Less than a year ago, the legendary Melvin Van Peebles passed away. He left behind a legacy as a fiercely independent, multi-hyphenate creator who changed the course of black cinema and cinema in general.
Throughout his influential life, Van Peebles has tackled and excelled in every medium of storytelling possible. He has recorded seven studio albums and four soundtracks, written 13 books and a graphic novel, designed nine plays, directed eight feature films, four short films and a music video. He almost single-handedly paved the way for Blaxploitation and created a space for African-American directors on Broadway.
On what would have been his 90th birthday, Variety ranks 10 films in which Van Peebles was directed, written or starred.
Born in Chicago, Van Peebles earned a bachelor’s degree in literature from Ohio Wesleyan University and served in the Air Force for three and a half years before moving to San Francisco to become a cable car operator. There he wrote his first book called “The Big Heart”, which inspired his ambition to get into film. Soon he was shooting his first short films “Three Pickup Men for Herrick” (1957) and “Sunlight” (1957). Although both showed his already considerable talent, a prejudiced Hollywood took no interest in him or his work.
Van Peebles quickly moved to France with the desire to pursue a career in a less hostile environment. He learns French, shoots another short film, “Les cinq cent balls” (1963), starts writing novels, and adapts one of his books into his first feature film: “L’histoire d’un laissez – spend three days. The success of “The Story of a Three Day Pass”, which he both wrote and directed, was quite impressive. Then you learn that he also composed the score and you are stunned beyond belief. Van Peebles’ prodigious and extensive talent quickly invited callbacks from Orson Welles. Hollywood, namely Columbia Pictures, was finally intrigued enough to offer Van Peebles a film – they tasked him with the identity satire “Watermelon Man” (1970).
The comedy was such a hit for Columbia, grossing $1.1 million, that the studio offered Van Peebles a three-picture deal.
And yet, Van Peebles refused the safe bet to take one of the greatest risks in Hollywood history. For his third feature, “Sweet Sweetback’s Baadasssss Song” (1971), he did more than just write, edit, conduct and compose the music. He also played the role of the titular anti-cop hero. If the barometer of a great movie, as explained in “Dolemite is My Name” (2019) is true – there must be “funny”, “tits” and “kung fu” – then the horny and violent from Van Peebles, visually playful and aesthetically elegant detective film might be the best picture ever made. And the public, at the time, agreed.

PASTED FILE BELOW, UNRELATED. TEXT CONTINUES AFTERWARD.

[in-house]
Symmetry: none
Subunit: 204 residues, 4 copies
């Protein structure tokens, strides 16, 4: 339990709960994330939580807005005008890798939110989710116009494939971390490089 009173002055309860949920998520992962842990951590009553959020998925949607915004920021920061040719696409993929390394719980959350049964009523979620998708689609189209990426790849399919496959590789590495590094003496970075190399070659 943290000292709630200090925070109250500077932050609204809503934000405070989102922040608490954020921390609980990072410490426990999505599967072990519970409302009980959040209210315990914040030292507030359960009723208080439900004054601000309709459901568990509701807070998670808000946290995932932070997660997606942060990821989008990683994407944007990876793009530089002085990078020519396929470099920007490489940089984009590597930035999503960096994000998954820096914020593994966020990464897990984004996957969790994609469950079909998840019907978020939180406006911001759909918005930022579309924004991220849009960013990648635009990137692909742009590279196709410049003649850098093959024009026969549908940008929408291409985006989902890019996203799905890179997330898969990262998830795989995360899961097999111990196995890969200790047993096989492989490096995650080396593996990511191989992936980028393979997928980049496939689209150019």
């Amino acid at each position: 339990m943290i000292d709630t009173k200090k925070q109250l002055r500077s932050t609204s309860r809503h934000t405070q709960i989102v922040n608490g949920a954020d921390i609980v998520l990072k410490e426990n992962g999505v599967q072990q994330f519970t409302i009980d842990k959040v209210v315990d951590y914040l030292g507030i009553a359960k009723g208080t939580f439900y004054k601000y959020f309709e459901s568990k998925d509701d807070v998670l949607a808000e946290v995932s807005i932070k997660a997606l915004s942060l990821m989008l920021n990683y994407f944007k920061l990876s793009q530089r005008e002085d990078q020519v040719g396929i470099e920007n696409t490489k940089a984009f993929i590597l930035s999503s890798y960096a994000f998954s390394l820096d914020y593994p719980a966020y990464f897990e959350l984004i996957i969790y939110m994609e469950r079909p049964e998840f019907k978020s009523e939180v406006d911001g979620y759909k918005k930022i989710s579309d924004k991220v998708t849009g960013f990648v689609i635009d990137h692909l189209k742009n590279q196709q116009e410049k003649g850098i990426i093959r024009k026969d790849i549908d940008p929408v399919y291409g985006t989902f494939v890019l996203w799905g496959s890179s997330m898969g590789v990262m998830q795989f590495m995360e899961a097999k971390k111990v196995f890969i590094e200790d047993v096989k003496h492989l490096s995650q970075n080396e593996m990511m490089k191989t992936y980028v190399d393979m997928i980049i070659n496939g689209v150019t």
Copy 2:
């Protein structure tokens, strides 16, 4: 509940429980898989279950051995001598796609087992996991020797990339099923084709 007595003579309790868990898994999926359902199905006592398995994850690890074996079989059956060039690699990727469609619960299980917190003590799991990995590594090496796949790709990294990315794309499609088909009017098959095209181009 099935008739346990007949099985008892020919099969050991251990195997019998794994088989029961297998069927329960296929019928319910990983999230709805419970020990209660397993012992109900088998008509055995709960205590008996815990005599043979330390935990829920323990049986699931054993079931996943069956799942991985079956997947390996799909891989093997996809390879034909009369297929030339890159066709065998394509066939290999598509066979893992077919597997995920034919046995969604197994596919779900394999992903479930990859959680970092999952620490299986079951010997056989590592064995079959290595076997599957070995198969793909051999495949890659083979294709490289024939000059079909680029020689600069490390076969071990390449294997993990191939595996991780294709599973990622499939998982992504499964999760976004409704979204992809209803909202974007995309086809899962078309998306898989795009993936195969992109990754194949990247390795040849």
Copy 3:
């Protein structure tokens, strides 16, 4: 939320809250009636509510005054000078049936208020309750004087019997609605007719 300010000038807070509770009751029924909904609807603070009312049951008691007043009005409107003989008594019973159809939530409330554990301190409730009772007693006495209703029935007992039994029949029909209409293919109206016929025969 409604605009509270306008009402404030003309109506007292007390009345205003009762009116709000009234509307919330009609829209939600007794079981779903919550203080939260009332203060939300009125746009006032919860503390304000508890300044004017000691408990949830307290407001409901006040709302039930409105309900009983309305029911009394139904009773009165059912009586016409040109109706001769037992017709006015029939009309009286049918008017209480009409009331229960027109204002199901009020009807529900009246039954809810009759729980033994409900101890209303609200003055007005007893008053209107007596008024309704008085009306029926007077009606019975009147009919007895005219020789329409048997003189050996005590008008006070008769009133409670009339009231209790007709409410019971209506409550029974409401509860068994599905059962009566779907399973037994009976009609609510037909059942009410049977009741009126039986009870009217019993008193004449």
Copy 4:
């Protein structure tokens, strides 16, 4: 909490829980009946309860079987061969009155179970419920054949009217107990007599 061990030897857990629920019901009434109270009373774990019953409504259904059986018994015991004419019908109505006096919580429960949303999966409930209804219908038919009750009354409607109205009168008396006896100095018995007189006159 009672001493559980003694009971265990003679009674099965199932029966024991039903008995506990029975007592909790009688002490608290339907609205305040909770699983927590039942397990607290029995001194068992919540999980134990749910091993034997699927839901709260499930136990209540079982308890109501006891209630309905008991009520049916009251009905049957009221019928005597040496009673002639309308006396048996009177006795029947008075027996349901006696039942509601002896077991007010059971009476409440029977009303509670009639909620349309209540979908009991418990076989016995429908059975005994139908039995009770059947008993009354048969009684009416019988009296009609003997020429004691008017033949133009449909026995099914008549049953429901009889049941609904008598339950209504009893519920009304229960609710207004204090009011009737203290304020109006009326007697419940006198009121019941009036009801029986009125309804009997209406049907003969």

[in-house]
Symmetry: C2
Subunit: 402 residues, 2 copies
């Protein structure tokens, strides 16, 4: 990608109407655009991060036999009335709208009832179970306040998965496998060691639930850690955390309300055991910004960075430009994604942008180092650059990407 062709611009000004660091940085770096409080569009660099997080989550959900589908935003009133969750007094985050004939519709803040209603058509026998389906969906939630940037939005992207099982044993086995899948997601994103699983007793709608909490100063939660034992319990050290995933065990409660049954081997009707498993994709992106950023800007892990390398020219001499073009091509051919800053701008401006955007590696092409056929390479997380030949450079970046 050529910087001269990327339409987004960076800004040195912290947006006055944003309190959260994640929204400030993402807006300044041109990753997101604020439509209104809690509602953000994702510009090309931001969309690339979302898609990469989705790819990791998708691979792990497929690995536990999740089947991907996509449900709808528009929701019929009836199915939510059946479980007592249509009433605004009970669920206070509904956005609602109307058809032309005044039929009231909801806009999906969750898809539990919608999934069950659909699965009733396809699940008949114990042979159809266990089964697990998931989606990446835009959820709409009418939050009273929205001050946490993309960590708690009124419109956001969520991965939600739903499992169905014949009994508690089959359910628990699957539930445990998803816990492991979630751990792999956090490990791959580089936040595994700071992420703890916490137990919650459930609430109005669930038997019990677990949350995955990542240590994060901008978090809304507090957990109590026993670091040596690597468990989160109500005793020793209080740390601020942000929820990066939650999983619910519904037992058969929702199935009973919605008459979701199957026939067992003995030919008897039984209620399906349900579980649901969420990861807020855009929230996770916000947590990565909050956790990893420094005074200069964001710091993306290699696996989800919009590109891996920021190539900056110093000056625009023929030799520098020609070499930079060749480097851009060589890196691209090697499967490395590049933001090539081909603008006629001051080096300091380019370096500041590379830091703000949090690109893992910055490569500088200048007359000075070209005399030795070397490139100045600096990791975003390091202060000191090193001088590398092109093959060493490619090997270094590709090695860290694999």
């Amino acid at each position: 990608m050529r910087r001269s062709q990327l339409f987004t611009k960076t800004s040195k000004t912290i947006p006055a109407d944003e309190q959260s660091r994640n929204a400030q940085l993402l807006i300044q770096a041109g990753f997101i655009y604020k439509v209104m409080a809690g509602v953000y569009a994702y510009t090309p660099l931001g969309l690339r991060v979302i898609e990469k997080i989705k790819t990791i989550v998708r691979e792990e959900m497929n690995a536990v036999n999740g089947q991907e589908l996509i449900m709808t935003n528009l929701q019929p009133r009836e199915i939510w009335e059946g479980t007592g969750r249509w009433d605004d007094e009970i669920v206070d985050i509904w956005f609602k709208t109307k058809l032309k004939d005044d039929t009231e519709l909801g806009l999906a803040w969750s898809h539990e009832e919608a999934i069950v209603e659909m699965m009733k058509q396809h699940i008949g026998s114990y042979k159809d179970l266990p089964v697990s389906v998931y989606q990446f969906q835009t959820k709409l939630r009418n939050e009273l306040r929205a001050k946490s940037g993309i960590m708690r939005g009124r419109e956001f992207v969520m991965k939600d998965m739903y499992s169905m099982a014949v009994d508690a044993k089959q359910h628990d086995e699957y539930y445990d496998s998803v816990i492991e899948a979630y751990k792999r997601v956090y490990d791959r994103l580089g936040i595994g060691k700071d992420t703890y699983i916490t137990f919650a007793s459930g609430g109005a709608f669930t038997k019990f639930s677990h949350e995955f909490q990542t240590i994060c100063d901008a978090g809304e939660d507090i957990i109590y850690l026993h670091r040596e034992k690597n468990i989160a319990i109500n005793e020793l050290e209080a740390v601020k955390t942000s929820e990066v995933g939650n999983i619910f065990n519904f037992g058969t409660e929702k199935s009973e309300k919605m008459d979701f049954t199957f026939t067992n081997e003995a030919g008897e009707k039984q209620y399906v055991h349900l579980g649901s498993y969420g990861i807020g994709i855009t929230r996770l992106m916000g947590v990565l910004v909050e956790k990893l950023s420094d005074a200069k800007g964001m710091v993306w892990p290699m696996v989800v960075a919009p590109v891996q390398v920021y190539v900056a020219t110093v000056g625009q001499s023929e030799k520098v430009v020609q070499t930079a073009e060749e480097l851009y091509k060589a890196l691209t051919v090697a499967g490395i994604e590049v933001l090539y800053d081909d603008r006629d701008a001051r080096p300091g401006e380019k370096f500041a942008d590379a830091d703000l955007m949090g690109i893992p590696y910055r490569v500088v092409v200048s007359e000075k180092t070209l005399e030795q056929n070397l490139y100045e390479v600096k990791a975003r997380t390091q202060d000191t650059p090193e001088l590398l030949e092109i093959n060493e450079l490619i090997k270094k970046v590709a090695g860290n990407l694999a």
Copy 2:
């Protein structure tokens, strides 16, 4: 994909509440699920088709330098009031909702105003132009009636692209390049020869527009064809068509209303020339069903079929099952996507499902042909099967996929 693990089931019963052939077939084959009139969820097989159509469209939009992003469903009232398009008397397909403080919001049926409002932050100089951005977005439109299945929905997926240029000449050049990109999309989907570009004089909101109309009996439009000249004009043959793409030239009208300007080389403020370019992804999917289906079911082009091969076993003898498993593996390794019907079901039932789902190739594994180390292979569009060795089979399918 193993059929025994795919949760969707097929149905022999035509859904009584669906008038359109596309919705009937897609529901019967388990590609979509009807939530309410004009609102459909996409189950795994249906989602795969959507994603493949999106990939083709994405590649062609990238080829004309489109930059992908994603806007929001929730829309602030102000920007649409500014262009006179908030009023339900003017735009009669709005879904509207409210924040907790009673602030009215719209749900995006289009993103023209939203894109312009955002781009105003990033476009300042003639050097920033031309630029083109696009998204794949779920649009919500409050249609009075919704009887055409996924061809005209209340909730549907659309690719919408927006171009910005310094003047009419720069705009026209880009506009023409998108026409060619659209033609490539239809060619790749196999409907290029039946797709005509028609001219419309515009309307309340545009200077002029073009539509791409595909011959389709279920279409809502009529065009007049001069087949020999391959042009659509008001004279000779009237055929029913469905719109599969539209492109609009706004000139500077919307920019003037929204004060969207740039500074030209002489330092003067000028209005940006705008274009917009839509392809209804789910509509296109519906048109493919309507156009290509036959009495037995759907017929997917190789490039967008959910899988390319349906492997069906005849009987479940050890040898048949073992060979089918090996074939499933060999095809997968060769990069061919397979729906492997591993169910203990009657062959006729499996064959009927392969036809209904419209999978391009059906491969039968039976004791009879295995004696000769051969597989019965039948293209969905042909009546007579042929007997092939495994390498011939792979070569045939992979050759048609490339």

“Sweet Sweetback’s Baadasssss Song” spawned a hit soundtrack sung by Earth, Wind & Fire and became the highest-grossing American independent film to date, grossing $15.2 million on a $150,000 budget. The triumph allowed Van Peebles to produce Tony Award-nominated musicals such as ‘Ain’t Supposed to Die a Natural Death’ (1971) and ‘Don’t Play Us Cheap’ (1973) allowing him to prove his prowess creative in another way.
In his later life, Van Peebles became an options trader on the American Stock Exchange, collaborated with his son, writer-director Mario Van Peebles, on films, and remained an avid runner into his 80s. . He passed away in 2021 just as the Criterion Collection released a box set of his greatest works. Even before this recognition, in his work you could see how filmmakers like Spike Lee, Charles Burnett and the Blaxploitation directors who followed him were influenced by Van Peebles’ unyielding creative spirit, his desire to see Black uplift on screen, and his unrivaled artistic abilities. He’s still a man whose range feels totally ahead of its time with a vision that’s still groundbreaking, daring and daring.
Honorable mentions: “Three Pickup Men for Herrick” (1957); “Identity Crisis” (1989); “Vroom Vroom Vroom” (1996); “The Tale of a Full Belly” (2008); “Confessionsofa Ex-Doofus-ItchyFooted Mutha” (2008)